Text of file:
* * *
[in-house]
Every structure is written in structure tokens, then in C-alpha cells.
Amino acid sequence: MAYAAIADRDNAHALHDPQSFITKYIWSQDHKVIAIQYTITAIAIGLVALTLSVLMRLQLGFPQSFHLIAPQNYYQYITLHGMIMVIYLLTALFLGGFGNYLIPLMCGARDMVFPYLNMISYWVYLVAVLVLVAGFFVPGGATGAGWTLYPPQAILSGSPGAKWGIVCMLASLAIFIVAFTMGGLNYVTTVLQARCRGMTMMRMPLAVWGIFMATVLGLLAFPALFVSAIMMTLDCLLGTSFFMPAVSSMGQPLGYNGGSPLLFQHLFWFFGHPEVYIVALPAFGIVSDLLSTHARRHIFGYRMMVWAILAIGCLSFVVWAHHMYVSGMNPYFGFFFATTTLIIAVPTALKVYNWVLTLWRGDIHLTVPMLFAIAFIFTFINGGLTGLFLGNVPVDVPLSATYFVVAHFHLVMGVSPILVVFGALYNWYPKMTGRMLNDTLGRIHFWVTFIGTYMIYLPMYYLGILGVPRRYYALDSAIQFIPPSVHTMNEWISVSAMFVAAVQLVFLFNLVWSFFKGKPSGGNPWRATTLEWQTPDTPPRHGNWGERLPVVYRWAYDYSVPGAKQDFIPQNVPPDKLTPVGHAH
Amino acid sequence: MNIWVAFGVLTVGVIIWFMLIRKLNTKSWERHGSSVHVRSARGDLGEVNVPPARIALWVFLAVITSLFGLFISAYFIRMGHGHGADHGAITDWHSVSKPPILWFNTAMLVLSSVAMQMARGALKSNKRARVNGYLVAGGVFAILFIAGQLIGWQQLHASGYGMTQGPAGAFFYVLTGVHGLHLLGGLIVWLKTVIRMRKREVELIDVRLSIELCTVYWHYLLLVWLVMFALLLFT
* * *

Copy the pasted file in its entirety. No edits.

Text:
[in-house]
Every structure is written in structure tokens, then in C-alpha cells.
Amino acid sequence: MAYAAIADRDNAHALHDPQSFITKYIWSQDHKVIAIQYTITAIAIGLVALTLSVLMRLQLGFPQSFHLIAPQNYYQYITLHGMIMVIYLLTALFLGGFGNYLIPLMCGARDMVFPYLNMISYWVYLVAVLVLVAGFFVPGGATGAGWTLYPPQAILSGSPGAKWGIVCMLASLAIFIVAFTMGGLNYVTTVLQARCRGMTMMRMPLAVWGIFMATVLGLLAFPALFVSAIMMTLDCLLGTSFFMPAVSSMGQPLGYNGGSPLLFQHLFWFFGHPEVYIVALPAFGIVSDLLSTHARRHIFGYRMMVWAILAIGCLSFVVWAHHMYVSGMNPYFGFFFATTTLIIAVPTALKVYNWVLTLWRGDIHLTVPMLFAIAFIFTFINGGLTGLFLGNVPVDVPLSATYFVVAHFHLVMGVSPILVVFGALYNWYPKMTGRMLNDTLGRIHFWVTFIGTYMIYLPMYYLGILGVPRRYYALDSAIQFIPPSVHTMNEWISVSAMFVAAVQLVFLFNLVWSFFKGKPSGGNPWRATTLEWQTPDTPPRHGNWGERLPVVYRWAYDYSVPGAKQDFIPQNVPPDKLTPVGHAH
Amino acid sequence: MNIWVAFGVLTVGVIIWFMLIRKLNTKSWERHGSSVHVRSARGDLGEVNVPPARIALWVFLAVITSLFGLFISAYFIRMGHGHGADHGAITDWHSVSKPPILWFNTAMLVLSSVAMQMARGALKSNKRARVNGYLVAGGVFAILFIAGQLIGWQQLHASGYGMTQGPAGAFFYVLTGVHGLHLLGGLIVWLKTVIRMRKREVELIDVRLSIELCTVYWHYLLLVWLVMFALLLFT